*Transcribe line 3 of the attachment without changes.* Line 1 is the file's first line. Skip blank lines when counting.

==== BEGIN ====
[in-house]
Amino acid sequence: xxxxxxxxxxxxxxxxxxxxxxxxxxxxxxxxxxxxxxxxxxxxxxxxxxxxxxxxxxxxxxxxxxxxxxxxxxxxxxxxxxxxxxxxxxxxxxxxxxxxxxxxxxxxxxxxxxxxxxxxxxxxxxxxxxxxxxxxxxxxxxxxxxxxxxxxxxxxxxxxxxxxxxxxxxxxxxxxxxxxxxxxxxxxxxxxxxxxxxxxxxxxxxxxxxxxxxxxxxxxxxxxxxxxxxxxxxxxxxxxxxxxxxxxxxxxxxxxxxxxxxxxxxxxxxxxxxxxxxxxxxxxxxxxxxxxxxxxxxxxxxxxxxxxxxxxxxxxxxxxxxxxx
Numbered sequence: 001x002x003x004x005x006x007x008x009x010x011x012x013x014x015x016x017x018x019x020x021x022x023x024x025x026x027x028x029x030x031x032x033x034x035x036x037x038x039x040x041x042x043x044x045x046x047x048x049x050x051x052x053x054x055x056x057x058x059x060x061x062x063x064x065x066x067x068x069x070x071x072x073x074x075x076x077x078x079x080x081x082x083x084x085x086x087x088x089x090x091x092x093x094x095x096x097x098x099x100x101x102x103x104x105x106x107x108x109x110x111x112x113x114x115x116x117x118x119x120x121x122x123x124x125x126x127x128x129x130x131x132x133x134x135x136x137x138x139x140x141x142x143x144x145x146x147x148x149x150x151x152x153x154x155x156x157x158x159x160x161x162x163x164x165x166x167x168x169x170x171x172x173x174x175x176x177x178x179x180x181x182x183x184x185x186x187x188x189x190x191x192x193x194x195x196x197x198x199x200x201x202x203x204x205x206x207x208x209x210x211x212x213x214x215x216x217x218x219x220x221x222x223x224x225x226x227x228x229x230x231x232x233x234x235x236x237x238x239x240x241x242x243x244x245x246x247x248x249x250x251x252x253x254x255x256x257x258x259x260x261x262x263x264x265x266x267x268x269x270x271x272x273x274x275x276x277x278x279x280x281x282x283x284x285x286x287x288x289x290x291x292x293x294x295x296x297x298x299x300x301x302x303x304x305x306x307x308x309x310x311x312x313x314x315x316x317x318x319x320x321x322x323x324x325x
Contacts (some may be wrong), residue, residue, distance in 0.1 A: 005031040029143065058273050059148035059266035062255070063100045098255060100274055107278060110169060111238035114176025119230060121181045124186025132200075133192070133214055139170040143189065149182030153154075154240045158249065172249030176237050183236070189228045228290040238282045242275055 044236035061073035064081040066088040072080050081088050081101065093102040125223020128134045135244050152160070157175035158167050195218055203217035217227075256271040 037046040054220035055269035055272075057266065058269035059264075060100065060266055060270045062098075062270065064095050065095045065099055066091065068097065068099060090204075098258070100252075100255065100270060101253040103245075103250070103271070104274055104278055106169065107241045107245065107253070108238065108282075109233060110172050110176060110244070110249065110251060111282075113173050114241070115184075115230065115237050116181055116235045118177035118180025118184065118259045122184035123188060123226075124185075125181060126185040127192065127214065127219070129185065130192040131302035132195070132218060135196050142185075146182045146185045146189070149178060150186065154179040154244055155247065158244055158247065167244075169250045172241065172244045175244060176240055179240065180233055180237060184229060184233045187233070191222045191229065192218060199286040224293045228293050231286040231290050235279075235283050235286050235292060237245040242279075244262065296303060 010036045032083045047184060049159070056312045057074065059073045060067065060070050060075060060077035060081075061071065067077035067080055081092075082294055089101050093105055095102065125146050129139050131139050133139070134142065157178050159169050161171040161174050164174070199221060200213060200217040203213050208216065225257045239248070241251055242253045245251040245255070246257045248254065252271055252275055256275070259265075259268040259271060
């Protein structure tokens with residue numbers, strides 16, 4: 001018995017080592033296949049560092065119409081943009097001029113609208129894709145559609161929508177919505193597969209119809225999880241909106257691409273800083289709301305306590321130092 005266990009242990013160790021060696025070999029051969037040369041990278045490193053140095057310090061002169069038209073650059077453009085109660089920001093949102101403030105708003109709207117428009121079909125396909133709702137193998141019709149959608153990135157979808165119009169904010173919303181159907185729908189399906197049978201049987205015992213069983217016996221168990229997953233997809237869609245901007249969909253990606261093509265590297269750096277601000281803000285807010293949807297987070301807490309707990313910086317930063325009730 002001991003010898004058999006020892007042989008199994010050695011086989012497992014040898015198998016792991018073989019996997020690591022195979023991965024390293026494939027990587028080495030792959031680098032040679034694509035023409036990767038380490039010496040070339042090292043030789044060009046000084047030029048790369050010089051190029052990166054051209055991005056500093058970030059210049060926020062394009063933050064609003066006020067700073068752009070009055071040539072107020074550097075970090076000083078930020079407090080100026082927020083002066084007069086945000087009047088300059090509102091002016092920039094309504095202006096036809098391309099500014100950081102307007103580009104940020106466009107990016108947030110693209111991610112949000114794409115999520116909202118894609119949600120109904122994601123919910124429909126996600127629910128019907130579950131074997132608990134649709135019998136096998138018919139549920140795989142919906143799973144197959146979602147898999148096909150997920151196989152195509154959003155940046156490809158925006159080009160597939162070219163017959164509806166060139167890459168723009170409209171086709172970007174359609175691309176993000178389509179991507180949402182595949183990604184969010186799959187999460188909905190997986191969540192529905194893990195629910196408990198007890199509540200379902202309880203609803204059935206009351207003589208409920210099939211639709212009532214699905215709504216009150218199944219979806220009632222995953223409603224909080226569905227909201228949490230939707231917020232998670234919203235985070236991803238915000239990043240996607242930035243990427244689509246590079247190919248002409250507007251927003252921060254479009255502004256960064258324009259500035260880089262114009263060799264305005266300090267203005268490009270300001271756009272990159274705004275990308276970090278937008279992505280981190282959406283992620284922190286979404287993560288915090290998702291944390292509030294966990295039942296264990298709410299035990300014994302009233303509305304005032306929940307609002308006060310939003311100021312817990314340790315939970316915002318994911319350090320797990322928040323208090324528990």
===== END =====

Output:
Numbered sequence: 001x002x003x004x005x006x007x008x009x010x011x012x013x014x015x016x017x018x019x020x021x022x023x024x025x026x027x028x029x030x031x032x033x034x035x036x037x038x039x040x041x042x043x044x045x046x047x048x049x050x051x052x053x054x055x056x057x058x059x060x061x062x063x064x065x066x067x068x069x070x071x072x073x074x075x076x077x078x079x080x081x082x083x084x085x086x087x088x089x090x091x092x093x094x095x096x097x098x099x100x101x102x103x104x105x106x107x108x109x110x111x112x113x114x115x116x117x118x119x120x121x122x123x124x125x126x127x128x129x130x131x132x133x134x135x136x137x138x139x140x141x142x143x144x145x146x147x148x149x150x151x152x153x154x155x156x157x158x159x160x161x162x163x164x165x166x167x168x169x170x171x172x173x174x175x176x177x178x179x180x181x182x183x184x185x186x187x188x189x190x191x192x193x194x195x196x197x198x199x200x201x202x203x204x205x206x207x208x209x210x211x212x213x214x215x216x217x218x219x220x221x222x223x224x225x226x227x228x229x230x231x232x233x234x235x236x237x238x239x240x241x242x243x244x245x246x247x248x249x250x251x252x253x254x255x256x257x258x259x260x261x262x263x264x265x266x267x268x269x270x271x272x273x274x275x276x277x278x279x280x281x282x283x284x285x286x287x288x289x290x291x292x293x294x295x296x297x298x299x300x301x302x303x304x305x306x307x308x309x310x311x312x313x314x315x316x317x318x319x320x321x322x323x324x325x